This page contains information about carrying spray cans and graffiti searches.

On this page

Disclaimer: The material in this fact sheet is intended as a general guide only. You should not act on the basis of this information in this fact sheet without first getting legal advice about your own particular situation. This fact sheet is based on the law in Victoria as at October 2013. 

When is it illegal to carry a spray can in public?

It is illegal to carry a spray can while you are either:

  • on public transport property
  • in a public place that is next to public transport property
  • trespassing on private property

You can be fined or charged for carrying a spray can in those situations, even if you had no intention of marking graffiti.

The only defence to carrying a spray can on public transport is if you need to carry the spray can for your trade or employment. It is NOT a defence if you carry a spray can for other reasons, such as education, training or a recreational art program.

Do police and Protective Services Officers (PSOs) have the power to search me for spray cans?

Both police and PSOs have the power to search you on the spot for graffiti implements (e.g. spray cans or permanent markers) if you are 14 years old or over. Police and PSOs have the power to search you if they have reasonable grounds to suspect you are carrying a graffiti implement. Even just being in a place where there is a lot of graffiti around can be enough for police or PSOs to have reasonable grounds to search you.

Do PSOs have the same powers as police to search me for spray cans?

PSOs can only search you if you are in a train station or near a train station. This includes roads, car parks, bus stops or taxi ranks connected with or leading into a train station.

What are my rights if police or PSOs search me for a graffiti implement?

Before a police officer or a PSO searches you, they must show you their badge or ID, tell you their name, rank and station and ask you to hand over any graffiti tools.

If you are over 14 but under 18 years of age, police and PSO searches are limited to:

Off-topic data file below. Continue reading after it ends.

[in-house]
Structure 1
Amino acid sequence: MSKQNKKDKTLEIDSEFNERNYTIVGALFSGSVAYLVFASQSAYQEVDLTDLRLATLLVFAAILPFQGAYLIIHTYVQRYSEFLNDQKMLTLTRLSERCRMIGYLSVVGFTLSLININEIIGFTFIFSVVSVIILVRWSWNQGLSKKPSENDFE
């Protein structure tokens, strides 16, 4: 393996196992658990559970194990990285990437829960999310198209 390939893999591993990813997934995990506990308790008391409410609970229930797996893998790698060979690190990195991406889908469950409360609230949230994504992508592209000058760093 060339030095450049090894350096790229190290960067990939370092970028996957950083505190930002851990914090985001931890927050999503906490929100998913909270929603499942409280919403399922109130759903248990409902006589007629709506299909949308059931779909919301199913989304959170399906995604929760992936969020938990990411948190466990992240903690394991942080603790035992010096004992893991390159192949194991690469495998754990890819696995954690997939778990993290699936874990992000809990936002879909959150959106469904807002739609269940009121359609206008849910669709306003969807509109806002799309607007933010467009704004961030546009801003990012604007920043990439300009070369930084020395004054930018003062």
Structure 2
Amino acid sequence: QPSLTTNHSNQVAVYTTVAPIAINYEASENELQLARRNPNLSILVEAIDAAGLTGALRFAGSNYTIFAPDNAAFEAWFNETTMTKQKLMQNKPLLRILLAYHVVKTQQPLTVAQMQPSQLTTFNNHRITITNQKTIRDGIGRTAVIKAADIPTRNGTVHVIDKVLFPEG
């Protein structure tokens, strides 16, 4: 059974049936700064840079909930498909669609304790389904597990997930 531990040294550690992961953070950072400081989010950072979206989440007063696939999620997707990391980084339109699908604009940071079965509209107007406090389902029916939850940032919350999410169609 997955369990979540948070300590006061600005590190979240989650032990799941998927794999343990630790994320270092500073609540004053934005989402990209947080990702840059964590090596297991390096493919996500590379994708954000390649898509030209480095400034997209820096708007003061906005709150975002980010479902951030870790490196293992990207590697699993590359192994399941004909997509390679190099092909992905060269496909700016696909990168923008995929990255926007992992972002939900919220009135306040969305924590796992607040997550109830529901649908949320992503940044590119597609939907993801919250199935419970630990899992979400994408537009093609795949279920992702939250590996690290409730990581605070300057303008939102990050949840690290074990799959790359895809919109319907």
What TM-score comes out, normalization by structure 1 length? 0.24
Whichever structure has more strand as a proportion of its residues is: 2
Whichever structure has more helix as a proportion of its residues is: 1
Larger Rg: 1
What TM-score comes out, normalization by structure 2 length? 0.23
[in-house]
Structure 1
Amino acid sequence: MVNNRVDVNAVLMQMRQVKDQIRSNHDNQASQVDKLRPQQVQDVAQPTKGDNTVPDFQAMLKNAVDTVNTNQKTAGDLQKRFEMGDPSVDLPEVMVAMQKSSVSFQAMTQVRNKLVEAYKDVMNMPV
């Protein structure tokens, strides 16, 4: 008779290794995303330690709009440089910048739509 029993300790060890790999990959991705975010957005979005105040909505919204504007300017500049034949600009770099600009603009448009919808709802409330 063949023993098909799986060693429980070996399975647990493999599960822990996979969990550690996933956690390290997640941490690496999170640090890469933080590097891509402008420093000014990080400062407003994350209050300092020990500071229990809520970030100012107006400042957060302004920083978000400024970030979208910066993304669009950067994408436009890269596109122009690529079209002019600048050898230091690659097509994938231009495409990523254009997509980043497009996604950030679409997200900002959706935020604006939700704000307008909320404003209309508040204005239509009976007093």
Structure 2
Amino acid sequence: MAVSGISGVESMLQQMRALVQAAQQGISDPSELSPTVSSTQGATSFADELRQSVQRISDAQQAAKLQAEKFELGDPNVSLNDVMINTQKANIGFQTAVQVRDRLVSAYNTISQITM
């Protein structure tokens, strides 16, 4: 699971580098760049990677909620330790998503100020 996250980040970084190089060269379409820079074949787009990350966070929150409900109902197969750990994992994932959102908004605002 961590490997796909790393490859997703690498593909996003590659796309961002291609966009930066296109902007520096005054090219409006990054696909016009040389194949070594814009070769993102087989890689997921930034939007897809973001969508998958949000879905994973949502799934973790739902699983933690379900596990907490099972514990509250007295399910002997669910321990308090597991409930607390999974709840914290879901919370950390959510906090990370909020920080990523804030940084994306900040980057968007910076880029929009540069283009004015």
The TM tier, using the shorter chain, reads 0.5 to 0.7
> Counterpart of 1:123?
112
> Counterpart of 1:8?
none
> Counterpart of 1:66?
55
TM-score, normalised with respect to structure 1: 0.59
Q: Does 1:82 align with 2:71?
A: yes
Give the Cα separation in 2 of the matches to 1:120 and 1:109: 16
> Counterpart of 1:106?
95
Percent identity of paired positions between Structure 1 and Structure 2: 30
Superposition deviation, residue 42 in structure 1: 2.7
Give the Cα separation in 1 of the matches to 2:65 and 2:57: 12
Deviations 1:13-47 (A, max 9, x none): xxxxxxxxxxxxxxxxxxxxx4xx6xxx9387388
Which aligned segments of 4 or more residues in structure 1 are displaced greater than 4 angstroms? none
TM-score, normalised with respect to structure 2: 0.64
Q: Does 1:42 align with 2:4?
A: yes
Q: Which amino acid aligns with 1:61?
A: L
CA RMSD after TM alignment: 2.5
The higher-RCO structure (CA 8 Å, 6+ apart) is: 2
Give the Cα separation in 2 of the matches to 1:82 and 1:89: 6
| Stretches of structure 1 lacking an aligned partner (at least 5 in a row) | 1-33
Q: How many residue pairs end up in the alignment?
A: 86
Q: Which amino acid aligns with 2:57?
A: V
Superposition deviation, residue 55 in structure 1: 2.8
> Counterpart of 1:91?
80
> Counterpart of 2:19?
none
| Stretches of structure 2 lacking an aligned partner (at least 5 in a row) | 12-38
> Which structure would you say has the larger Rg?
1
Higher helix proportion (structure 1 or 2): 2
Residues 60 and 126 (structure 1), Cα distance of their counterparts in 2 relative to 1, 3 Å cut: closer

• inspecting your bag or anything you are carrying
  • asking you to remove your outer clothing e.g. your coat and hat, gloves and shoes
  • doing a ‘pat down’ search

If you are over 18, police and PSOs can go beyond pat-down searches (eg strip search you) but they must conduct searches as quickly as possible and in a way that respects your privacy.

You have a right to request a written record of the search.

What if police or PSOs treat me unfairly?

If a police officer or a PSO treats you unfairly or you believe they did not have reasonable grounds to search you for a spray can it is important to remain calm. If you misjudge the situation and resist or refuse a lawful search, you can be charged with further offences.

It is better to take note of as much details as possible, such as the name, rank and station of the officer and request a written record of the search. Note down the names and contact details of any witnesses. You should then get legal advice about the best way to make a complaint.

Getting legal help

Youthlaw

If you are under 25, you can get free and confidential legal advice.

Phone(03) 9611 2412 (9am-5pm, Mon-Fri) 

Website: www.youthlaw.asn.au

Victoria Legal Aid – Legal Help

For legal information, referrals or appointments.

Phone: (03) 9269 0120 or 1800 677 402 (country) 

Website: www.legalaid.vic.gov.au

Downloads